Generally speaking, the economics of retirement plans is screwed up and has been for years. Despite the fact that just about every 401(k) provider I now meet claims to have been a long-time proponent of full disclosure, the retirement plan industry has really fallen short of providing clear and easy-to-understand information. As a result, fees have come under intense scrutiny over the past year and become a major hot-button issue. This is a good thing because the issue of fees has a major impact on both fiduciaries and participants.
ERISA section 404(a)(1)(A) is clear that fiduciaries have a duty to ensure that retirement plan fees are reasonable. In order to make a judgement as to reasonableness, a fiduciary must first identify and understand the fees that are being paid and know who is receiving compensation (and how much) from the plan. Unfortunately, I haven’t seen this happening in most retirement plans, especially at the smaller end of the market (I’d say in plans under $50 million in assets). Fee disclosure most directly impacts participants who wind up bearing the vast amount of costs associated with a retirement plan. Participants depend on their fiduciaries to be knowledgeable about fees (and fee arrangements) so as to protect their retirement income. Without fiduciaries who are vigilant about fee containment, the costs to participants and the impact on their retirement income can easily spiral out of control (see this paper I co-wrote for an illustration).
As readers of my book know, I include questions that fiduciaries should be asking at the end of each chapter. In fact, Chapter 6 (“Deciphering Fees & Expenses”) is dedicated to this topic.
Solving the problem and getting the answers you and your participants deserve begins with knowing the right questions to ask. Here’s 10 questions to get you started:
- Are we comfortable with level of proactive fee disclosure provided by our service providers?
- Do we clearly understand all the fees associated with our plan, both direct and indirect, who is receiving compensation from the plan, and the amount of that compensation in percentages and dollars?
- How do the fees in our plan compare with other plans that are similar in size?
- When was the last time we had a detailed fee analysis conducted on our plan by an independent, objective third-party?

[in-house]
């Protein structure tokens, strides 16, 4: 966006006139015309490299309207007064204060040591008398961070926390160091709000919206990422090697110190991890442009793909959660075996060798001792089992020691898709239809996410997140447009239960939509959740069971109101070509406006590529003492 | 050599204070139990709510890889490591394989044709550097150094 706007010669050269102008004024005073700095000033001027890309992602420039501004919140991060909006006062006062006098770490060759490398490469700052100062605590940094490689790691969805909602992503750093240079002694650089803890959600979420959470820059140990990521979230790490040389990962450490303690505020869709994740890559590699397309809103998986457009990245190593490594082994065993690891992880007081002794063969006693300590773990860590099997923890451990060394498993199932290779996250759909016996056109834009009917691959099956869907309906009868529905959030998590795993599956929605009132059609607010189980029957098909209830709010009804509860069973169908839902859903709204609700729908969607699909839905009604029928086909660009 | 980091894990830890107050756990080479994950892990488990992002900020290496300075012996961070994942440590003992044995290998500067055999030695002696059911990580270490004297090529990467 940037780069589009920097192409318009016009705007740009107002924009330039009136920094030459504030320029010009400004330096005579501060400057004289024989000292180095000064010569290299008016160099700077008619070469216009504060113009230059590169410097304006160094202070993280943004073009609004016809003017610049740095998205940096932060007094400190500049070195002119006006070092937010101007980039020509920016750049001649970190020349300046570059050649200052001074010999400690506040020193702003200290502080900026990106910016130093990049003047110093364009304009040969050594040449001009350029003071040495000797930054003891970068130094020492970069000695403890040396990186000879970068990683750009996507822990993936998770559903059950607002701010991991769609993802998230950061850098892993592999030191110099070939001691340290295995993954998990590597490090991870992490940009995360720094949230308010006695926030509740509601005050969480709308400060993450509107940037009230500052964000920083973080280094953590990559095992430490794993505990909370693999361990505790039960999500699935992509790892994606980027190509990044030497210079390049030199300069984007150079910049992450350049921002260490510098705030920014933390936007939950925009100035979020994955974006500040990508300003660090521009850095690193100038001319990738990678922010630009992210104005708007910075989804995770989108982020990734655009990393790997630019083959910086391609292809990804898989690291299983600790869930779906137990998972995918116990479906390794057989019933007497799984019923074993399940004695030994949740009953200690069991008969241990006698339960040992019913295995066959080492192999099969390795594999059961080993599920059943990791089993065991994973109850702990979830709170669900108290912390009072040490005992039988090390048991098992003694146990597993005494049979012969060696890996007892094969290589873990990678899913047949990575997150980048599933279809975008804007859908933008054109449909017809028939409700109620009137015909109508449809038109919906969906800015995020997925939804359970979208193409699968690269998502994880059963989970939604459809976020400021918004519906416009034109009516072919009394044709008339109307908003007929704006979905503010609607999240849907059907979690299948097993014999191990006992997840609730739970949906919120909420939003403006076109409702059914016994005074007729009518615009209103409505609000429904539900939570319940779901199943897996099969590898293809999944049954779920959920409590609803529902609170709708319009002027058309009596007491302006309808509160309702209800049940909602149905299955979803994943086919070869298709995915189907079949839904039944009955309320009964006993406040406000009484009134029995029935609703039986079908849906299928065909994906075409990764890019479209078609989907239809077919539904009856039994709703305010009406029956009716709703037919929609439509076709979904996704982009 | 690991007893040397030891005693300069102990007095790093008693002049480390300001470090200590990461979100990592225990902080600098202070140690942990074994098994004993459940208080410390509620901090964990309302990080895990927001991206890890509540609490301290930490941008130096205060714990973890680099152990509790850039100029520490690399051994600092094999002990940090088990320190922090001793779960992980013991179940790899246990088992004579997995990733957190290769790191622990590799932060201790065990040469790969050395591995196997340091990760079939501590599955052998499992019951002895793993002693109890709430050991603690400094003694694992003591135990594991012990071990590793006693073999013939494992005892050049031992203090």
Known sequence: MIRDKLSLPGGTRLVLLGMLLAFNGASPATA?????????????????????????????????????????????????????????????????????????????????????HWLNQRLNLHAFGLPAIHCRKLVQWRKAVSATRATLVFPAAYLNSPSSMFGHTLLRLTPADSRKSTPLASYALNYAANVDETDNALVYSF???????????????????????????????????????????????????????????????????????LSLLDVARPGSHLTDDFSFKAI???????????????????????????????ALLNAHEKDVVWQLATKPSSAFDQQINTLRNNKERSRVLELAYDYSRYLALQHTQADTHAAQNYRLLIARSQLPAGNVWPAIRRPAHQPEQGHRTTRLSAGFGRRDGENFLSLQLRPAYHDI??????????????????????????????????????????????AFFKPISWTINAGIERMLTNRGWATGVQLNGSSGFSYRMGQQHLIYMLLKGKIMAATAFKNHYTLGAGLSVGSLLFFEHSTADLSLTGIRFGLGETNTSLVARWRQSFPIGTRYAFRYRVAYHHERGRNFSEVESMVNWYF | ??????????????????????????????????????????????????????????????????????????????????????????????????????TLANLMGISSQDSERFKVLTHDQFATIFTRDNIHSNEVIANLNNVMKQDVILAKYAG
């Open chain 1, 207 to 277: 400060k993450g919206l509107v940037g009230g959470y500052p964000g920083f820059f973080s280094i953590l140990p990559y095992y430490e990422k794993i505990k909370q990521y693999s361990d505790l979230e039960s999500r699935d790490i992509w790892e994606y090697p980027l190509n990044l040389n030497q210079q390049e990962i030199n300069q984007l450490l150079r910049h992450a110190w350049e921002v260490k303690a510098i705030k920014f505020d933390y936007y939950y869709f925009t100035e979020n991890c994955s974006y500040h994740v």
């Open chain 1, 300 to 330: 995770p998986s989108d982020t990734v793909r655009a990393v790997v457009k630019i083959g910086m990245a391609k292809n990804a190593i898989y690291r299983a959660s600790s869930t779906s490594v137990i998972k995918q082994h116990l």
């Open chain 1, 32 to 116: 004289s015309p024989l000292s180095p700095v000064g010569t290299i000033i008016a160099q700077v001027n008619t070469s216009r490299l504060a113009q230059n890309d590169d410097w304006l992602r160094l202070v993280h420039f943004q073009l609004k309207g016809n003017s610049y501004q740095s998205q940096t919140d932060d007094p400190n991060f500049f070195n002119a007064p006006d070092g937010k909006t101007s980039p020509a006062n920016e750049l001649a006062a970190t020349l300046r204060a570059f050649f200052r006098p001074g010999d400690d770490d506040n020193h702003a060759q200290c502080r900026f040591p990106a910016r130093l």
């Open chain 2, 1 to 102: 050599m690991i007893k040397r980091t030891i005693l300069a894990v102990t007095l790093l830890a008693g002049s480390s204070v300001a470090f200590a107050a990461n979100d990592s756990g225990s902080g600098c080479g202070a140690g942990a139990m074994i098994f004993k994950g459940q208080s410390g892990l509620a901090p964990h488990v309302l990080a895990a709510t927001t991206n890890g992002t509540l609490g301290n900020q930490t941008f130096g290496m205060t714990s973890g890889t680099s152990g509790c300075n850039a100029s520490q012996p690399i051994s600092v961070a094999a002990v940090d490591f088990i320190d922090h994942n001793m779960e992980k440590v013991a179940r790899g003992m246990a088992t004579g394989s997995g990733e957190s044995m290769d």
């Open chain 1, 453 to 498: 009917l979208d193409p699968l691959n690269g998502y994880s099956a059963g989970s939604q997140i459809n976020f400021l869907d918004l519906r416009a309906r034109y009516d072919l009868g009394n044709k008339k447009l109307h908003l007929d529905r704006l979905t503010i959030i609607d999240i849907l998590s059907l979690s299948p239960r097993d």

- Do any of the funds in our plan include any revenue sharing in the form of Sub-TA fees? How much?
- Is there any amount of 12b-1 fees included in our funds? How much?
- What share class are the funds in our plan? Why were these share classes chosen?
- Do we have retail or institutional share classes in the plan? If retail, can we qualify for institutional classes?
- Do any funds in the plan provide for higher 12b-1 fees than others and create a conflict for the recommendations by our broker, advisor, or consultant?
- In light of the previous question, should we consider eliminating all funds that provide for any indirect compensation?
The information in this article is based on data gathered from what we believe are reliable sources. It is not guaranteed as to accuracy, and does not purport to be complete and is not intended as the primary basis for financial planning or investment decisions. It should also not be construed as advice meeting the particular investment needs of any investor.
Information contained herein has been obtained from sources considered reliable, but its accuracy and completeness are not guaranteed. It is not intended as the primary basis for financial planning or investment decisions and should not be construed as advice meeting the particular investment needs of any investor. This material has been prepared for information purposes only and is not a solicitation or an offer to buy any security or instrument or to participate in any trading strategy. Past performance is no guarantee of future results.